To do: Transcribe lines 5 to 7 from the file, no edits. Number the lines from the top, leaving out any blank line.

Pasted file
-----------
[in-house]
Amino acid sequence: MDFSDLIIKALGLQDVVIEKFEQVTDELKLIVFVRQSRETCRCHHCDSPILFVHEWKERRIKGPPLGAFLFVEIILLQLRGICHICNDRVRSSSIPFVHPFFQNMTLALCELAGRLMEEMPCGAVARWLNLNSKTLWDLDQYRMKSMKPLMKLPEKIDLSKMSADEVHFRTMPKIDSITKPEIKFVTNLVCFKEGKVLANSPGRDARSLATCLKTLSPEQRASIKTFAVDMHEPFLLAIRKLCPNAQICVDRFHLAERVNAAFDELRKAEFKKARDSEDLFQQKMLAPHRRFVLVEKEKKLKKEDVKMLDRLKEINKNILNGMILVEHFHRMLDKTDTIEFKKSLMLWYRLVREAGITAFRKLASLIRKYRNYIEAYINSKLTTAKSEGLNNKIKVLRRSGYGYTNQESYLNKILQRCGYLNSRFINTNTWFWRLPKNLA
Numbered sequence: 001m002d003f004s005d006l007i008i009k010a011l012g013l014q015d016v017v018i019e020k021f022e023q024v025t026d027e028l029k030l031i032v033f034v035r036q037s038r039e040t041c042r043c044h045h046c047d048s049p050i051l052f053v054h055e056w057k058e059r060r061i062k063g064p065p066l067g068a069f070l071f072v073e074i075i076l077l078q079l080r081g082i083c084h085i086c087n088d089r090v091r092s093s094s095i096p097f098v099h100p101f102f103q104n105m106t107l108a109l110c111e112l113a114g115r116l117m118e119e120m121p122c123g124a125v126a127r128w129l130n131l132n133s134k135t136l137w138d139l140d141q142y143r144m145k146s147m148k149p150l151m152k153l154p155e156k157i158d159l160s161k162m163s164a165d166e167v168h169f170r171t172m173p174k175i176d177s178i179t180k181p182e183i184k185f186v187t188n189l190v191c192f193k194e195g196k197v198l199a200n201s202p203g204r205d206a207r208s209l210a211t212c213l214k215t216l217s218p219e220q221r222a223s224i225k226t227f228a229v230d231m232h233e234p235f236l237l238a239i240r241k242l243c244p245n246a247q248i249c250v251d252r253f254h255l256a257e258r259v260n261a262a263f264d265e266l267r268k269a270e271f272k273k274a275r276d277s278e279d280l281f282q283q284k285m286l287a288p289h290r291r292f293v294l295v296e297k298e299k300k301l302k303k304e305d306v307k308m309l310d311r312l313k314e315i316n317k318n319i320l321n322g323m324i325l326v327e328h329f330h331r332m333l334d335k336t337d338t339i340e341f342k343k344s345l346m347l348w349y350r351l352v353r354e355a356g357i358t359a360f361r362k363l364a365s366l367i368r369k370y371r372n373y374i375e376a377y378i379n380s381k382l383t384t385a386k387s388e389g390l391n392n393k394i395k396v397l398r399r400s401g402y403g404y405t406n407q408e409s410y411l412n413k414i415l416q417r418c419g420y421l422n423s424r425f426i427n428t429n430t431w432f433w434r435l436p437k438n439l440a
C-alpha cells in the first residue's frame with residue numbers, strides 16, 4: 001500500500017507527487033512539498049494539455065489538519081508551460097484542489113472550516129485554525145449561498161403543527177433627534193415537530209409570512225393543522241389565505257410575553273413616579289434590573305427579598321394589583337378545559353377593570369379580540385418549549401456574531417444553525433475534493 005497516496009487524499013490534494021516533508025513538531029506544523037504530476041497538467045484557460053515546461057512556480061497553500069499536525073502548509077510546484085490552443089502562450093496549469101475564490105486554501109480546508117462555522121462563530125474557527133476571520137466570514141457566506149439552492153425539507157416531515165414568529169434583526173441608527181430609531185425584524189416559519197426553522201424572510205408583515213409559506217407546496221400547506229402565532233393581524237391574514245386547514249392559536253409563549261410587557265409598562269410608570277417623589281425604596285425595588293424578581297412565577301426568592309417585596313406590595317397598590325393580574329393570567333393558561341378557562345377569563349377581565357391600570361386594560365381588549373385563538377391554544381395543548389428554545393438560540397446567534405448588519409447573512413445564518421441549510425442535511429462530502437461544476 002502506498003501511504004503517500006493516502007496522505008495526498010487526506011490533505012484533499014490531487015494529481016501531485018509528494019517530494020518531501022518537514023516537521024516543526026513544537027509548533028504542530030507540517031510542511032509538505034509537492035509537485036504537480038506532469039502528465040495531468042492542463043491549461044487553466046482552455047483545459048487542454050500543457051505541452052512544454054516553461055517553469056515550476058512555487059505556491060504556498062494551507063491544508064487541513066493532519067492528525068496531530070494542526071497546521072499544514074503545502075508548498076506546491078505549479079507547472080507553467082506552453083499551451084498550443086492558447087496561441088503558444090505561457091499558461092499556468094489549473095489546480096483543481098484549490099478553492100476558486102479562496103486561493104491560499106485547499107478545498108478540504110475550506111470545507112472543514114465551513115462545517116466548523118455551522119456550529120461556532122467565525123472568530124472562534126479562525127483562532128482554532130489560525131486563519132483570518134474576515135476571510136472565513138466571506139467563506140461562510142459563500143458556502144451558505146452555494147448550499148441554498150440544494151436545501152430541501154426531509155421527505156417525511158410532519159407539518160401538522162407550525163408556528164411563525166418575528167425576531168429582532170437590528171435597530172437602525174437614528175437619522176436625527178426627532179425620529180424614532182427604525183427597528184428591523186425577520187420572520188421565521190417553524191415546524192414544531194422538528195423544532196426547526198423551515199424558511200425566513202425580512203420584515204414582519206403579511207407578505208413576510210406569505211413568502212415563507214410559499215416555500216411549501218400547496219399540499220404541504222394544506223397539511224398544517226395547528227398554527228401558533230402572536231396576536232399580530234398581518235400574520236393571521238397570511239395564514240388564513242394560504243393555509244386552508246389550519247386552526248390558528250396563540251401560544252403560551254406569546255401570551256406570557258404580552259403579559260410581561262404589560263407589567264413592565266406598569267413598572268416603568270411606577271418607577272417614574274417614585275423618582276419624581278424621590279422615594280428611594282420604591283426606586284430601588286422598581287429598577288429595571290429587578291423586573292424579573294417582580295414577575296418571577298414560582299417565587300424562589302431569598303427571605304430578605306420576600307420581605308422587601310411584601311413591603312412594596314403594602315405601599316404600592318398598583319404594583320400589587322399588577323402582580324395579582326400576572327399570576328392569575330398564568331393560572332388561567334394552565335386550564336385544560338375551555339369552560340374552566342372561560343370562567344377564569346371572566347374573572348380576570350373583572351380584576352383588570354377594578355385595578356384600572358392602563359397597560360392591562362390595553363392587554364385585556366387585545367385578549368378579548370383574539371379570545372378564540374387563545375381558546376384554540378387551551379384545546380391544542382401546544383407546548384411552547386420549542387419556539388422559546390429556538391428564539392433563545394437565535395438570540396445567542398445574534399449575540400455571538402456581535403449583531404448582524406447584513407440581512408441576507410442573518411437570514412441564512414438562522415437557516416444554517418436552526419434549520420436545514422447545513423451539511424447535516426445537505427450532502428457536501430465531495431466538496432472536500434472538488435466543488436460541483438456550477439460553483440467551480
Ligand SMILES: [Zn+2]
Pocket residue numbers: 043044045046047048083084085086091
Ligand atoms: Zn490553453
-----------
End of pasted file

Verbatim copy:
Ligand SMILES: [Zn+2]
Pocket residue numbers: 043044045046047048083084085086091
Ligand atoms: Zn490553453